I ended my last York Factory Express journal with John Charles’ journey from Jasper’s House to Fort Assiniboine, on the Athabasca River, in 1849. He had a long and difficult journey downriver, and now he (like all the others before him) must cross the Assiniboine Portage on horseback, to Edmonton House on the North Saskatchewan River.
This 80-mile horse journey south to Edmonton House might have been the shortest leg of their outgoing journey to York Factory, but it was by no means the easiest. For once there were no mountains to cross; but the trail led through a morass of swamps, bogs, burnt trees, and deep streams. Another of the many difficulties these men experienced was the poor condition of the horses that overwintered at Fort Assiniboine.
I don’t know if you have noticed that these men are travelling over three major river systems. They came from territories that were served by the massive Columbia and Fraser’s Rivers, that followed two different courses west to the Pacific from the western edge of the Athabasca Glacier, part of the Columbia Icefields. On the eastern edge of the same glacier they dropped their boats into the waters of the Athabasca River — a river that would flow east and north through Great Slave Lake and north again to the Arctic Ocean. When they reached Edmonton House they touched on a third river system — the North Saskatchewan River that flowed east from the foot of the Saskatchewan Glacier (part of the Columbia Icefields) all the way to Lake Winnipeg and east again via the Nelson River to Hudson Bay and the Atlantic Ocean. Only two Canadian river systems remained untouched by these fur traders, and those who left the express to return to Montreal would travel one of them — the Winnipeg River to Rainy Lake and Fort William; Lake Superior to Lake Huron via Sault Ste Marie; the French River to the Nippissing to the Mattawa to the Ottawa and, eventually, Lachine, just east of Montreal. However the last river remained entirely untouched, by these fur traders at least. That river was the Milk, in the southern portion of today’s Alberta and Saskatchewan; it flowed south with the Missouri into the Gulf of Mexico.
In 1848, a young Scotsman named Thomas Lowe led out the York Factory express. Born in Perthshire, Scotland, Thomas Lowe entered the fur trade of the Hudson’s Bay Company in 1841 as an apprentice clerk, and served his first year at Fort Taku, on the west coast — a post that was embroiled in conflict with the local natives from the beginning. When Taku was closed down, he and others came south to the new post at Fort Victoria, where they helped in its construction. Lowe then returned to Fort Vancouver and spent most of his time serving at that important post. He took out the York Factory Express in 1847, and again in 1848. In 1849 he married one of James Birnie’s daughters, and retired from the fur trade to become a merchant in Oregon City and San Francisco. Thomas Lowe is important for the journals and records he kept — not only of the York Factory express journeys, but of life at Fort Vancouver during a very important time in the fort’s history.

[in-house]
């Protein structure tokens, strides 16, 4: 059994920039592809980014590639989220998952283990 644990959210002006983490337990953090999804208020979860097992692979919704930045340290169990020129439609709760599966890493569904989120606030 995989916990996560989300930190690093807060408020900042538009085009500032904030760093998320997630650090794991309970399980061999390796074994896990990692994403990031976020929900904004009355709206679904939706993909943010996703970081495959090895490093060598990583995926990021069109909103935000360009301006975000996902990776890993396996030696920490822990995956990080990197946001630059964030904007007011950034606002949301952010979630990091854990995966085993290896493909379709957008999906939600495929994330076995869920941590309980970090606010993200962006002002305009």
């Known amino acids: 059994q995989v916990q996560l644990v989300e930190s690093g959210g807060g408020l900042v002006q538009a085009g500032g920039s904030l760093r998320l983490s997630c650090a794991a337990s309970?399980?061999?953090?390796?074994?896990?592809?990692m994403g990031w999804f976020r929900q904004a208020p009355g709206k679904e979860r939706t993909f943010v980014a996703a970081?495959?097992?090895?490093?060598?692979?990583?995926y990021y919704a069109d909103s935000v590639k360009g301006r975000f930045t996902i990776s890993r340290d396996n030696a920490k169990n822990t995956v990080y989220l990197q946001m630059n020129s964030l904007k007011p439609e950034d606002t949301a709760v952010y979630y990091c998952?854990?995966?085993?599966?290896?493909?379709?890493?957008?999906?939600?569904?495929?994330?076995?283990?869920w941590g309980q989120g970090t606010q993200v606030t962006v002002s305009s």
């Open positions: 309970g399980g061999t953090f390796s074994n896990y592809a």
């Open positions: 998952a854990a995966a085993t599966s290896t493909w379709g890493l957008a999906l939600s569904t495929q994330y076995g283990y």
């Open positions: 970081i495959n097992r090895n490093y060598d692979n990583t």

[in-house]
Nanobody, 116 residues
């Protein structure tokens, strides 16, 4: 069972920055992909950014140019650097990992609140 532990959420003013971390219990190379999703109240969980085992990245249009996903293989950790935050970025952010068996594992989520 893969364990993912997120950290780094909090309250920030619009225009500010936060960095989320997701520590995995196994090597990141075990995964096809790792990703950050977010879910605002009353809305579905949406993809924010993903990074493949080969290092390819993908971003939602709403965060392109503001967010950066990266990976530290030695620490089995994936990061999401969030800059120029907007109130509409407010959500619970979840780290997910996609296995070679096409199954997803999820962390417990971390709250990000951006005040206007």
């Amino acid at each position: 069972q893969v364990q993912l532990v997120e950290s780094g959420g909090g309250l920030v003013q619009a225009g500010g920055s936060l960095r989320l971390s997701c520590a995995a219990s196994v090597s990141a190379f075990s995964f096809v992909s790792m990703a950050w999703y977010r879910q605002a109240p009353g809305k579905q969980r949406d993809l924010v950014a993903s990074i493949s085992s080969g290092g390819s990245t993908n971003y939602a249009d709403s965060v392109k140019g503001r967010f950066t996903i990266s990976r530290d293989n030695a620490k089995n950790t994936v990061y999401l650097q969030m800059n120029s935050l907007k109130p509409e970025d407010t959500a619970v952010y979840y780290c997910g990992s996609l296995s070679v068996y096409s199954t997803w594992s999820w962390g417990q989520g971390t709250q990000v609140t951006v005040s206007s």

In this segment of the York Factory Express journals, we will follow twenty-three year old Thomas Lowe, as he leads his express party south from Fort Assiniboine, on the Athabasca River, to Edmonton House in 1848.
“14 [May], Sunday. Started from Assiniboine this morning at 9 am with 14 loaded horses and 8 saddle horses. Just as we started Mr. [George] McDougall arrived with his two boats from Lesser Slave Lake, and will follow us tomorrow. The horses are in a most wretched condition, and we must consequently go very slow. Nevertheless we got to the first usual encampment. This has been a most beautiful day, and the Portage appears in a pretty good state.
“May 15, Monday… Passed the Paddle River in the afternoon, where we found just water enough to allow us to cross without making a raft. There was a bark canoe at the [Pembina] River, in which we crossed ourselves & property, and encamped. The horses however will only be crossed tomorrow morning.
“”16, Tuesday. Fine weather. Came a good distance today considering the state of the horses, and encamped at Berland’s Lake.
“17, Wednesday. Very cloudy all day, and a little rain, but not enough to prevent us from going on. Came as far as Sturgeon Creek, and crossed all the property. The Horses however were left on the other side, in case of there being any thieves hereabout from the Fort.” The thieves these fur traders worried about were the Assiniboine Indians, who were renown horse-thieves. It was part of their culture, and all the fur traders knew this.
On the following day, Thomas Lowe crossed the horses early, and arrived at Edmonton House at 6 am. It had begun to snow, and continued to snow and sleet for the next three days. On Sunday the sleet turned to rain, and in the evening George McDougall and the Lesser Slave Lake party straggled in, with some of their packs wetted by the constant rain. All the packs would have to be opened and dried to prevent damage to the furs they contained, and that work delayed the departure of the express boats from Edmonton House. Their immediate destinations were Fort Pitt and Carlton House, downstream on the North Saskatchewan and the Saskatchewan Rivers. But these express men would waste little at these two provisioning posts, but continue their hurried journey downriver to Lake Winnipeg and beyond.
If you want to go back to the beginning of this series and follow it through, click here: http://nancymargueriteanderson.com/first-leg/
If you want to read the next leg of the journey, then click here: http://nancymargueriteanderson.com/seventh-leg/
Copyright, Nancy Marguerite Anderson, 2014. All rights reserved.
- Native hunting and trapping methods
- Alexander Caulfield Anderson’s 1867 Map of British Columbia